• 1 tablespoon plus 1/4 teaspoon coarse salt (divided use)
  • About 1 cup finely chopped onion
  • 2 tablespoons crushed or finely minced peeled fresh ginger
  • 4 oz firm tofu, mashed
  • 4 oz shiitake mushrooms, stems removed and finely chopped (about 3/4 cup)
  • 1 tablespoon soy sauce
  • 1 tablespoon rice vinegar
  • 2 teaspoons toasted sesame oil
  • 2 tablespoons dry sherry
  • 1 tablespoon unsalted butter
  • 1/8 teaspoon ground white pepper

For the Wrappers and Preparing the Potstickers:

  • 1 1/2 cups all-purpose flour, plus more for working
  • canola oil
  • water

For the Broccoli Rabe and Soy-Vinegar Sauce:

  • 1 bunch broccoli rabe, large leaves removed, ends trimmed
  • 6 tablespoons soy sauce
  • 2 tablespoons rice vinegar
  • 1/2 teaspoon toasted sesame oil
  • a pinch of red pepper flakes
  • 2 tablespoons scallions, very thinly sliced on the bias
  1. Prepare the filling: In a large bowl, toss Napa cabbage with 1 tablespoon salt and let stand for about 30 minutes, or until cabbage wilts. Rinse the cabbage and squeeze out as much water as possible. You should have about 2 cups cabbage.
  2. Meanwhile, melt butter in a large skillet over medium heat. Add onion, mushrooms, ginger and 1/4 teaspoon salt and saute until mushrooms and onion are tender, 5-7 minutes. Slowly add sherry and cook, scraping up any brown bits from the bottom of the pan.
  3. In a large bowl, combine mushroom mixture with cabbage, tofu, soy sauce, rice vinegar, sesame oil and white pepper. Set filling aside
  4. Make the wrappers 1 batch of dough at a time. Two batches should be sufficient for this recipe. For each batch of dough combine 3/4 cup flour and 1/3 cup water. Turn dough out onto a floured surface and knead for about 4 minutes, working in additional flour as you go (dough will be very sticky.) When finished kneading the dough will be fairly stiff and you’ll be able to form it into a smooth ball.
  5. Divide dough in half and roll each half into a 8-9″ log. Working with one log at a time, (cover dough you aren’t using with plastic wrap or a damp paper towel) cut the dough into pieces about 3/4″ long. Cover remaining dough pieces while you’re rolling out the wrapper for each potsticker.
  6. Roll each piece of dough into a circle about 3″ wide, flouring the dough and turning it over a few times as you go. The dough will be very thin and may  appear translucent in places. Spoon a scant 1 tablespoon of filling into the lower half of the wrapper and fold the top half over filling.  Working from the right to the left, fold the seam of the wrapper over in a series of  overlapping pleats to seal. Cover finished potstickers while working.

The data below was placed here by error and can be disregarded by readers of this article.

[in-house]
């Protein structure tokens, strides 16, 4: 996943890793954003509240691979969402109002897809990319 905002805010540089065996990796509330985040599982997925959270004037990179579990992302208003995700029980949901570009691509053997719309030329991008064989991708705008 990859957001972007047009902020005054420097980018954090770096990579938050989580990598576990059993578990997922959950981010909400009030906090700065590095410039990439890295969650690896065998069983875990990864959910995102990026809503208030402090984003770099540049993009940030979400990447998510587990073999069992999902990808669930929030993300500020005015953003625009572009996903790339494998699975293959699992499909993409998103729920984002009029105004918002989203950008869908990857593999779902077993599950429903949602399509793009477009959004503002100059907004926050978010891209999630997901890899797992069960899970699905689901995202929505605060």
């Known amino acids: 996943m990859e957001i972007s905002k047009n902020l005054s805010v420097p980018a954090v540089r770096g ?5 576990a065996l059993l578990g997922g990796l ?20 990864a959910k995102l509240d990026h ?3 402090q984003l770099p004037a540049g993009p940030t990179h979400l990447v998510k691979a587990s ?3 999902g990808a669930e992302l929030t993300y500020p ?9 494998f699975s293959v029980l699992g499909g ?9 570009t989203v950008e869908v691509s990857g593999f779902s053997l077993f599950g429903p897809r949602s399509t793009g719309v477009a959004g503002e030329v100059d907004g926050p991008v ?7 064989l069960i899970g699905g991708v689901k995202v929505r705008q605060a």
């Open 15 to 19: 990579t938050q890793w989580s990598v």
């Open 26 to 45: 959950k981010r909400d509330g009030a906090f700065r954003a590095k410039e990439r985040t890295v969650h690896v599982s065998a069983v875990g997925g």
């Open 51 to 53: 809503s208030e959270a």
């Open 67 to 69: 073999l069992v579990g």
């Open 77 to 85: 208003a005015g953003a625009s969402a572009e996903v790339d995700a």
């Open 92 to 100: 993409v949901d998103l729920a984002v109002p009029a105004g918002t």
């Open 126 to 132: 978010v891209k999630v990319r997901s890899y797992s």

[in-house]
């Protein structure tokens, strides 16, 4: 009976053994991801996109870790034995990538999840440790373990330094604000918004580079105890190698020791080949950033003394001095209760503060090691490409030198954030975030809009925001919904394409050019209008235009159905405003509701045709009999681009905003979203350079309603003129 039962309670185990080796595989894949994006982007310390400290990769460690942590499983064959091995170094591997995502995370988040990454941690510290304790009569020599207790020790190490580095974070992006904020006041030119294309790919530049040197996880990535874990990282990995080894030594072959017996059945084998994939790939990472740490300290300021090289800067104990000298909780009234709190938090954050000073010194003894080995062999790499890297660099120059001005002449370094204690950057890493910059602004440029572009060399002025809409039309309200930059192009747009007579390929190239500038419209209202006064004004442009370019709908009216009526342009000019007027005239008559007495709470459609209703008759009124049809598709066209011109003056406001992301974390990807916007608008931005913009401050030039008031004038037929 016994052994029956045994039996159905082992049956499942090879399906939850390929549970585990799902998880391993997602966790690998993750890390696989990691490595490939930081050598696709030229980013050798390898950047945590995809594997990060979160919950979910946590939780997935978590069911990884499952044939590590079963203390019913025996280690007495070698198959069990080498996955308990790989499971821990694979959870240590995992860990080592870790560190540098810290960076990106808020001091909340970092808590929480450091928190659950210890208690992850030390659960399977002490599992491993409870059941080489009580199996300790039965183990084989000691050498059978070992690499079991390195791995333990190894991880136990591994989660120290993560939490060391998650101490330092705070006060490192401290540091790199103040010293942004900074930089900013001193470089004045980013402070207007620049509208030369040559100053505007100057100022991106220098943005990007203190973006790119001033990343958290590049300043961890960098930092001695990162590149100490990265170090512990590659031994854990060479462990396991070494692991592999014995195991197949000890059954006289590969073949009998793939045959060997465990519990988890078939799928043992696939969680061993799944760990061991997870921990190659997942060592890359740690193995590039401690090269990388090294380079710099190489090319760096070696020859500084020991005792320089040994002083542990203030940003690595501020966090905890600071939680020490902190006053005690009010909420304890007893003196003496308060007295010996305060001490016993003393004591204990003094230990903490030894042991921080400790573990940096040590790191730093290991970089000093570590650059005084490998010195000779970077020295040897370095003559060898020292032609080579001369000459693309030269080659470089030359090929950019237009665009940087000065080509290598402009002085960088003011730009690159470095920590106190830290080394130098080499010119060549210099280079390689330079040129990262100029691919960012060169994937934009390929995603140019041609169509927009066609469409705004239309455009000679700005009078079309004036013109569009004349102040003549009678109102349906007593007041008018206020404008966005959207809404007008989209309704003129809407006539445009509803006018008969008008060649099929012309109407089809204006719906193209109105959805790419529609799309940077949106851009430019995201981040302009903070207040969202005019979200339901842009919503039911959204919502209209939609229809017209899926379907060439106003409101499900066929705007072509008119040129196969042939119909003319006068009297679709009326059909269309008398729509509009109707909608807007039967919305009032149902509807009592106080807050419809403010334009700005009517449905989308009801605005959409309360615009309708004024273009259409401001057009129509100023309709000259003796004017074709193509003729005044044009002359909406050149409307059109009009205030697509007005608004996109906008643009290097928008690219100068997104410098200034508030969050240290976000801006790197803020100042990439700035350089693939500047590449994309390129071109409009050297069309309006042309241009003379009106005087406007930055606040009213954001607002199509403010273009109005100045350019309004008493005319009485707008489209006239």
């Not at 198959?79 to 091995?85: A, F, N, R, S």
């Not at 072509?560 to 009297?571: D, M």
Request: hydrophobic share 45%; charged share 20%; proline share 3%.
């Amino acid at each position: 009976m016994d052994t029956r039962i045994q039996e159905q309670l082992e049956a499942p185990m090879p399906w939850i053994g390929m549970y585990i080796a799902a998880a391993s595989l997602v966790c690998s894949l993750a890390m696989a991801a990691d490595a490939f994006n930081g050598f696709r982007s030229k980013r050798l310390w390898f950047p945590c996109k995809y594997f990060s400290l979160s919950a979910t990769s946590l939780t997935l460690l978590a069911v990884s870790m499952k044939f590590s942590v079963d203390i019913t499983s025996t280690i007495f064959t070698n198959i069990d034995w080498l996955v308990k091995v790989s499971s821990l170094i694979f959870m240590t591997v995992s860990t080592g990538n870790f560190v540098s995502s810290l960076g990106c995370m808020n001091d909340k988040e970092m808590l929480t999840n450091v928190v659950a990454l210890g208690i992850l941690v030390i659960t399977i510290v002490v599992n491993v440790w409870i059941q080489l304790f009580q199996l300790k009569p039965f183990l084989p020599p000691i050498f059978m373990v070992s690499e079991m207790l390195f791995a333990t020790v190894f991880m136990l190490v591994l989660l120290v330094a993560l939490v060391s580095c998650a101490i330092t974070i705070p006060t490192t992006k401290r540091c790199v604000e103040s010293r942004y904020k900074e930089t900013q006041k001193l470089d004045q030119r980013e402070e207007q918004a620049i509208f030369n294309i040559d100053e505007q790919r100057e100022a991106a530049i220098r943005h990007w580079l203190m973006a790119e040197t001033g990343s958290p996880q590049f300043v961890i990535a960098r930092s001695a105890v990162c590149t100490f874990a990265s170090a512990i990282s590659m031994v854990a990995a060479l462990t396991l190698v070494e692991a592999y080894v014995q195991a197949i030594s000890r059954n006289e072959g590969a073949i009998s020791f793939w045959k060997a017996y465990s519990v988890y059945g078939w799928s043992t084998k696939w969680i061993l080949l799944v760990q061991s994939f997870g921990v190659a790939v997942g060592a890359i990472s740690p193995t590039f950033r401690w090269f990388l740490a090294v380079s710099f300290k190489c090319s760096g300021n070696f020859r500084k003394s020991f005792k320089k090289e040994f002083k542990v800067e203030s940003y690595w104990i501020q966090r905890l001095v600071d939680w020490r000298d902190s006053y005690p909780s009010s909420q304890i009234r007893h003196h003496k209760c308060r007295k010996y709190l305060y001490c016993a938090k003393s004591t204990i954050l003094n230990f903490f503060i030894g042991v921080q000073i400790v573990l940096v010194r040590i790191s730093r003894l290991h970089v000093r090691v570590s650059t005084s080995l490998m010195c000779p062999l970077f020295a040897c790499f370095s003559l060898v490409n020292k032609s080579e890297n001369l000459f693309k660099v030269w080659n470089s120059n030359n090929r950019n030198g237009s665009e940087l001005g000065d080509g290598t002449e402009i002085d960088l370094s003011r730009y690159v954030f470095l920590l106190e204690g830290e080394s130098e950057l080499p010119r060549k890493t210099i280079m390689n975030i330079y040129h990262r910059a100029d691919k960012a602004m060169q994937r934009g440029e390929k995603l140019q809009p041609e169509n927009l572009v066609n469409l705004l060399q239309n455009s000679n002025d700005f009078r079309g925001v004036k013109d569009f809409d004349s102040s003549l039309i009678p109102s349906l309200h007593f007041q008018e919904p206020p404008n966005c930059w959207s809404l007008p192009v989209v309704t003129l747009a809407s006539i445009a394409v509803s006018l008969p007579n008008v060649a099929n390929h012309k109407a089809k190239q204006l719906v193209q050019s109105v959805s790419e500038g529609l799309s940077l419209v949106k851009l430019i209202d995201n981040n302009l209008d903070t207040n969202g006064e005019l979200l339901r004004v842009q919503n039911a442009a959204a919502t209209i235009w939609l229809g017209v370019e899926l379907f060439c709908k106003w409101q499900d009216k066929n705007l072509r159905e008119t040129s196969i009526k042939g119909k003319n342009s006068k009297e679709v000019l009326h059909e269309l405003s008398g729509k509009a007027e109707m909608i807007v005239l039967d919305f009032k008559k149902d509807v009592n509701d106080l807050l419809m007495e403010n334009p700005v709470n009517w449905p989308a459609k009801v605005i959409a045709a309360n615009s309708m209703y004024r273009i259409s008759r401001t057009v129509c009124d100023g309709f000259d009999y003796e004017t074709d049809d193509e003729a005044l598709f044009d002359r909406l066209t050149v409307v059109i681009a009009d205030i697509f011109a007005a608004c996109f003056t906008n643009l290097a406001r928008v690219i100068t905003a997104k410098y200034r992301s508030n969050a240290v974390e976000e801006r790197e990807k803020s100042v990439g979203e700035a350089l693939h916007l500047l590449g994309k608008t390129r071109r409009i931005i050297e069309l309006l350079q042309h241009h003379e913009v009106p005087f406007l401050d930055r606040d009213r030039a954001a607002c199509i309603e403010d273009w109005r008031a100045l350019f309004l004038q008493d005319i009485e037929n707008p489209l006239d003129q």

7. Meanwhile, steam broccoli rabe for 3-4 minutes or until bright green and tender. Immediately transfer broccoli  rabe to a bowl of cold water and allow to cool to room temperature. Drain broccoli rabe, dry it off and  set aside.
  8. Set a pie plate in oven and set oven to warm or 200°.  Heat 1 tablespoon canola oil in a large skillet over medium heat. The pan is hot enough to add potstickers when a few drops of water sizzle loudly when added to the pan. Working in batches, add 5-6 potsickers to the pan, being careful not to overcrowd pan. Pan-fry potstickers until they are a deep, even golden brown on the bottom.
  9. Slowly add  1/2 cup water to the pan and cover, allow postickers to steam for 3-5 minutes or until translucent in places on top and an even golden color.
  10. Uncover and raise heat to high. Cook potstickers until most (but not all) of the liquid evaporates, 2-3 minutes. Transfer potstickers to oven, browned side up,  and keep warm while cooking remaining potstickers.
  11. While potstickers are steaming, whisk together ingredients for sauce: soy sauce, rice vinegar,  sesame oil, red pepper flakes and scallions. Serve potstickers and broccoli rabe with soy-vinegar sauce on the side. (Dip postickers and broccoli rabe in the sauce or pour a small amount over the  food.)
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Cooked potstickers with a decorative rope edge